In D’Agincourt’s (All Most, 2013, etc.) novel, a woman reflects on her family’s shared history and the shadow it has cast on her own life.
“Art requires philosophy, just as philosophy requires art. Otherwise, what would become of beauty?” This fundamental question, once posed by French artist Paul Gauguin, forms the scaffolding for this novel. Its protagonist, Jocelyn, takes a piercing, introspective look at her past. It’s only now, as a middle-aged woman, that she recognizes that every family “possesses a prevailing philosophy”—one that brings them together in complex ways. For her and her parents, the central fulcrum was art, and in her own life, the “philosophy” was manifested by a Canadian painter, Alex Martaine, whose work appears to have been inspired by Gauguin’s. Alex’s affair with Jocelyn’s mother deeply unsettled Jocelyn, who was, at the time, a teenager on the cusp of adulthood. In the present day, she uses the title of Gauguin’s painting “Where Do We Come From?, What Are We?, Where Are We Going?” (pictured on the book’s cover) as the basis for her own voyage of self-discovery. In three sections that tackle each of the title’s questions, Jocelyn takes readers from her claustrophobic early years through middle age as she searches for the meaning of life. Although her early rebellion takes a familiar, almost predictable form, readers may overlook it as one of the few weapons in a confused teenager’s arsenal. D’Agincourt’s economical prose is frustratingly clinical at times, working much too hard to adhere to the “glimpses” promised in the novella’s title; as a result, it gives readers little else. Yet these moments mirror the feel of childhood and the gradual process of self-realization remarkably well—images pieced together in broad brush strokes. At one point, for example, Jocelyn looks at the aforementioned Gauguin painting and observes that its “rich and exotic” colors are “out of keeping with the detachment in the characters’ faces....The uninhibited sensuality oppresses me, entraps me.”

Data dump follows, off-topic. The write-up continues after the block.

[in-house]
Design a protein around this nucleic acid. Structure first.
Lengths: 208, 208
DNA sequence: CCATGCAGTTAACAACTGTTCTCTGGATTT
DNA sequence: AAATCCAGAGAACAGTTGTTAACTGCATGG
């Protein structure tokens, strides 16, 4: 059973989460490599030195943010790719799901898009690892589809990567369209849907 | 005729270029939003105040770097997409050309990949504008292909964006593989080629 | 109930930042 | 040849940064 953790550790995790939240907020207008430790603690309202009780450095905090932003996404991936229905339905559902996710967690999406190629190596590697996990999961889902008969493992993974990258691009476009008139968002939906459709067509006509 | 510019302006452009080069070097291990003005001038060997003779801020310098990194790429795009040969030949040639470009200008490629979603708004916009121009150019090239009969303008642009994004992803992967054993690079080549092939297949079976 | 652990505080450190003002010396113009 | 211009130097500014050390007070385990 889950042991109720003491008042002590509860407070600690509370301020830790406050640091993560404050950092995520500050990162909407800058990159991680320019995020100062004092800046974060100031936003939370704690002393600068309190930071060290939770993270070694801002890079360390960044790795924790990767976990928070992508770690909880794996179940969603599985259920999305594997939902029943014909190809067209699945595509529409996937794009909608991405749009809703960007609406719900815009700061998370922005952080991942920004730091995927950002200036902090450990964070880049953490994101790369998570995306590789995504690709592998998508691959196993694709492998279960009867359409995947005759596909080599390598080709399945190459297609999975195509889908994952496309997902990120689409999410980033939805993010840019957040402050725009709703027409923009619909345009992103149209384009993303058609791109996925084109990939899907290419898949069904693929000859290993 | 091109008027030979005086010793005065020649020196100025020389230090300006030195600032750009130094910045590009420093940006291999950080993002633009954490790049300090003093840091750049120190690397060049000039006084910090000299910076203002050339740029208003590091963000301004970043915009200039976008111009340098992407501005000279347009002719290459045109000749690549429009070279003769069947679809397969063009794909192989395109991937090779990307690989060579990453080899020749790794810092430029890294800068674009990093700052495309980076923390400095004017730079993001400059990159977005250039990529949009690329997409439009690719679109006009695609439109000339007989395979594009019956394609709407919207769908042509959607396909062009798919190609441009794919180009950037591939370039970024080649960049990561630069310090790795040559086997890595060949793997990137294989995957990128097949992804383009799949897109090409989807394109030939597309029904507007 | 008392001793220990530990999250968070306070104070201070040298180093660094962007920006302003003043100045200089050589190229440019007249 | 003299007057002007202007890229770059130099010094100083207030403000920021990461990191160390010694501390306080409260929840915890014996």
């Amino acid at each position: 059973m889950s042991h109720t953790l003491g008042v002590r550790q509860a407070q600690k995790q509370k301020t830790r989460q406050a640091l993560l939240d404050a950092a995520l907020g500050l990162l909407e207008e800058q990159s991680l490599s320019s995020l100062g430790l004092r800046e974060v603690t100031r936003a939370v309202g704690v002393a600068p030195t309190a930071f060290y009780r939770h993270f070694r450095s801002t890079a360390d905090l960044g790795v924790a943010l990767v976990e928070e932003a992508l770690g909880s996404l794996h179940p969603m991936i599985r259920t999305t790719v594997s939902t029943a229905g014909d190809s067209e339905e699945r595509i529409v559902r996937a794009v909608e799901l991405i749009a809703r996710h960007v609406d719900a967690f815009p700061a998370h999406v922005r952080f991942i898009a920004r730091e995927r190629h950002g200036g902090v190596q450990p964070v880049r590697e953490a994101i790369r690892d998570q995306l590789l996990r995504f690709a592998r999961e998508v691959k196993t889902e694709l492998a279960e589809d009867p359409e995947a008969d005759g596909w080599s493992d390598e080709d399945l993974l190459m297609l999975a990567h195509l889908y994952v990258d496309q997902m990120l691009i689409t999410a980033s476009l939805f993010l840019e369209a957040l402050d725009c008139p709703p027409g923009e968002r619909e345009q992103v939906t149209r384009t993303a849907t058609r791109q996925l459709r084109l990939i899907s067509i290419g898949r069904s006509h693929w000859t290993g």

A precisely rendered image of a quest to tease out life’s larger meaning.